“Fed Watch” is a macro podcast with a true and rebellious bitcoin nature. In each episode, we challenge traditional narratives and Bitcoin by examining current events around the world, with a focus on central banks and currencies.
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In this episode, Christian Keroles and I catch up on the week, take stock of the evolution of the Chinese financial crisis, explain why fiat money today should rightly be called credit-based money and the side effects of this do. Finally, we dive into the bitcoin chart.
You can access the slideshow of the graphics of this episode here or below.
First, the situation of the Chinese economy. They are facing major problems in their real estate market, their economy and their banking system. Currently, 28 of the top 100 real estate developers have defaulted or restructured their debts. There is a growing “mortgage boycott”, where buyers of unbuilt homes in projects that are now delayed due to the pandemic, the financial situation of developers and the country’s zero-COVID policy, have refused to pay their mortgages. The boycott started with 20 projects and has since expanded to 235 projects.
The rhetoric around this mortgage crisis is eerily similar to that in the United States in 2007. Excuses such as “It’s a small number of mortgages” and “The effects are contained” are offered.
Due to problems with developers and mortgages, small and medium banks are facing solvency problems. Chinese banks have $9 trillion real estate exposure. If there were a problem with the perpetual decline in house prices, it could very quickly cause a solvency problem for the banks. Indeed, that is exactly what we see.
New home prices in China fell for the 10th consecutive month in June 2022.
Gross domestic product collapsed in the second quarter of 2022 to 0.4%.
The GDP chart does support my personal macroeconomic predictions that major economies will return to “normal” post-GFC. Since the GFC, growth in China has slowly declined. Then there was the severe economic disruption and the whiplash effect in the economy, followed by a return to slower growth.
At the end of the Chinese segment of the podcast, I read a fascinating Nikkei Asia article on the situation surrounding the recent bank runs in Henan province. The article highlighted the abusive response to the bank run and the growing dangers of a full-scale financial crisis in China.
Next, we review some Bitcoin charts. The first two charts highlight the similarities and differences in the chart over time periods that resembled today’s price action. I pointed out that the current flat consolidation differs because it has higher highs and higher lows where previous breakout attempts did not.
There are also some very interesting observations from Twitter about cash positions in hedge funds and the bitcoin market.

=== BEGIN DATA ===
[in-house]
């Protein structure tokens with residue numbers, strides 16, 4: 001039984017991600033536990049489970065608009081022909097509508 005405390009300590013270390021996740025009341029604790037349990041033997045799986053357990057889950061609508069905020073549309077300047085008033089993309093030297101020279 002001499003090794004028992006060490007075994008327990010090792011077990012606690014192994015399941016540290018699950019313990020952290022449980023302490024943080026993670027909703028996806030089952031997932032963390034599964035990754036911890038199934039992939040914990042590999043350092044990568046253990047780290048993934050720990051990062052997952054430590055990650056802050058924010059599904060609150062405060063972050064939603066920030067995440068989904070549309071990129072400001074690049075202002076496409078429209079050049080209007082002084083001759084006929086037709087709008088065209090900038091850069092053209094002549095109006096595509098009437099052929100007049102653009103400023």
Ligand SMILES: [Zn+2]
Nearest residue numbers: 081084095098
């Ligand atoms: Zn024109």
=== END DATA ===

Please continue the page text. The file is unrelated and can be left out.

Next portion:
Kuppy points out that the percentage of hedge fund portfolios that hold cash is higher than any time since the dot-com bubble in 2000. When these spikes occur and hedge funds return to stocks, the market bottoms and is enjoying a good recovery. .
We can also see this effect in the bitcoin market.
This chart is a bit cluttered, but the top panel is “stablecoin dominance,” as I called it, the ratio of stablecoin market cap to bitcoin market cap. This is a proxy for a “cash position” in the bitcoin market. The bottom panel is the bitcoin price. At the relative highs of the stablecoin ratio, the price of bitcoin bottoms out, as these stablecoins can turn into buying bitcoin and vice versa.
The US dollar
Much has been said about the strengthening of the dollar. We’re the only bitcoin podcast that has unequivocally called for a strong dollar in the past two years, and we got it right.
I don’t expect the Dollar to sell off dramatically after its parabolic rise, but to establish a new higher range, perhaps between 100 and 115 on the US Dollar Index (DXY).
I emphasize that bitcoin does not need a weaker dollar to explode higher. In fact, if you look at bitcoin history plotted with the DXY, you can see that the dollar is establishing a new upper range where bitcoin is selling. After periods of rising dollar, bitcoin tends to take off. I hadn’t prepared a graphic to show this during the live stream, but it’s included below.
The pink areas indicate periods of rising dollar and falling bitcoin. The black arrows indicate rising bitcoin in the middle of a stable dollar in a higher range. It is important to note that bitcoin and the dollar have both moved higher over the past 10 years, only on slightly different time frames.
Finally, we take a look at the Euro and discuss how and why it is in the most trouble among the major currencies. We repeatedly mention the risk of fragmentation. I did a podcast episode devoted to this topic recently.
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This is a guest post by Ansel Lindner. The opinions expressed are entirely their own and do not necessarily reflect those of BTC Inc. or Bitcoin Magazine.